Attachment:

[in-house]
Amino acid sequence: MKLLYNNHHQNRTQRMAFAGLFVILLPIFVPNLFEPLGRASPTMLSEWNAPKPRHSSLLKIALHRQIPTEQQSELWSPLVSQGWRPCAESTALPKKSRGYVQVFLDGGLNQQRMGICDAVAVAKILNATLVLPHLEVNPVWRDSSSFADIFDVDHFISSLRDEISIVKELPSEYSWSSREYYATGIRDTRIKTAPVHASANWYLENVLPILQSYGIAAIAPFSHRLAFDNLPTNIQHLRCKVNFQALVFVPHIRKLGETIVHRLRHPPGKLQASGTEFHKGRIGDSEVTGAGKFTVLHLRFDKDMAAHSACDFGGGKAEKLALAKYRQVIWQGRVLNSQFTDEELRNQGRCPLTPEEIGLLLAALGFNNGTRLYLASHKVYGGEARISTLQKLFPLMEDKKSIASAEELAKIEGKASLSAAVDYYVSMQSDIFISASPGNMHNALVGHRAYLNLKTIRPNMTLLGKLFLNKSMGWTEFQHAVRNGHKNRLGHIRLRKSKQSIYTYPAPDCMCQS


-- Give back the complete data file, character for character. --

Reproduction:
[in-house]
Amino acid sequence: MKLLYNNHHQNRTQRMAFAGLFVILLPIFVPNLFEPLGRASPTMLSEWNAPKPRHSSLLKIALHRQIPTEQQSELWSPLVSQGWRPCAESTALPKKSRGYVQVFLDGGLNQQRMGICDAVAVAKILNATLVLPHLEVNPVWRDSSSFADIFDVDHFISSLRDEISIVKELPSEYSWSSREYYATGIRDTRIKTAPVHASANWYLENVLPILQSYGIAAIAPFSHRLAFDNLPTNIQHLRCKVNFQALVFVPHIRKLGETIVHRLRHPPGKLQASGTEFHKGRIGDSEVTGAGKFTVLHLRFDKDMAAHSACDFGGGKAEKLALAKYRQVIWQGRVLNSQFTDEELRNQGRCPLTPEEIGLLLAALGFNNGTRLYLASHKVYGGEARISTLQKLFPLMEDKKSIASAEELAKIEGKASLSAAVDYYVSMQSDIFISASPGNMHNALVGHRAYLNLKTIRPNMTLLGKLFLNKSMGWTEFQHAVRNGHKNRLGHIRLRKSKQSIYTYPAPDCMCQS